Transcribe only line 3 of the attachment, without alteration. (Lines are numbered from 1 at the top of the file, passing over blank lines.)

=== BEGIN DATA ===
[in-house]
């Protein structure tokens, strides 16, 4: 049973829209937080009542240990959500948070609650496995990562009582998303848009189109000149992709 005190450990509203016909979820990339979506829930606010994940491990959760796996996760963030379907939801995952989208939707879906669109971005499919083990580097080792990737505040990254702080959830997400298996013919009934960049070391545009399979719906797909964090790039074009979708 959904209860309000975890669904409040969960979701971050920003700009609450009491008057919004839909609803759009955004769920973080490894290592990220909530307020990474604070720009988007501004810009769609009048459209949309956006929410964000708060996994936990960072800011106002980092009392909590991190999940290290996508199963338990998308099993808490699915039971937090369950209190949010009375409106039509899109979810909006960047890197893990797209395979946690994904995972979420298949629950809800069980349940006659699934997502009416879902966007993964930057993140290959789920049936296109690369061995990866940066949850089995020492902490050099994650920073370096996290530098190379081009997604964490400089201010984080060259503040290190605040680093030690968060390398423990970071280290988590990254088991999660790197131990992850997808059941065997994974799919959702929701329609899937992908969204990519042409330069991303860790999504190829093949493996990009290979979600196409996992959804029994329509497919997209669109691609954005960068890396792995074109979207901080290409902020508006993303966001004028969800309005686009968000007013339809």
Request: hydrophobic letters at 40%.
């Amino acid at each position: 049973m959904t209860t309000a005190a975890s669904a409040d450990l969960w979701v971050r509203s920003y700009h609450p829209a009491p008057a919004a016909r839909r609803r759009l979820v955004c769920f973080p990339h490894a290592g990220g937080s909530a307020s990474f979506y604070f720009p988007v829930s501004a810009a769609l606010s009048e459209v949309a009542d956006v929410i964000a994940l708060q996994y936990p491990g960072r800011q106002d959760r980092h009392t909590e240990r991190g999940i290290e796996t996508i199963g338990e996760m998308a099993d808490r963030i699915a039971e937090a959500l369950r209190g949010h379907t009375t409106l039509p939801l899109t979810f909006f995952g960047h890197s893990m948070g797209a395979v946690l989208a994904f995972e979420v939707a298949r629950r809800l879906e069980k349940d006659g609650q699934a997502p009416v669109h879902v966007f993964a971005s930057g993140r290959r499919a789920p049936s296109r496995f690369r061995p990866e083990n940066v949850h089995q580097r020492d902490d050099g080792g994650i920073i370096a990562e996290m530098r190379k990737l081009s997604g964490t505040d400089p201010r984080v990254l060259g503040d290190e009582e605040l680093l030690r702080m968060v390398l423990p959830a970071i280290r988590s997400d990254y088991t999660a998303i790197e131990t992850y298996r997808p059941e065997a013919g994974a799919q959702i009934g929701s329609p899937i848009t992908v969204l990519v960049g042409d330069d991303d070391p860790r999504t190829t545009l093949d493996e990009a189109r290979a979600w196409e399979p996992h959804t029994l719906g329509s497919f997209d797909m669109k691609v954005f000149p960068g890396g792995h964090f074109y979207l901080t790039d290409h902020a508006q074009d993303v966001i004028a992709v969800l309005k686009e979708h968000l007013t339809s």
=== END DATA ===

Request: hydrophobic letters at 40%.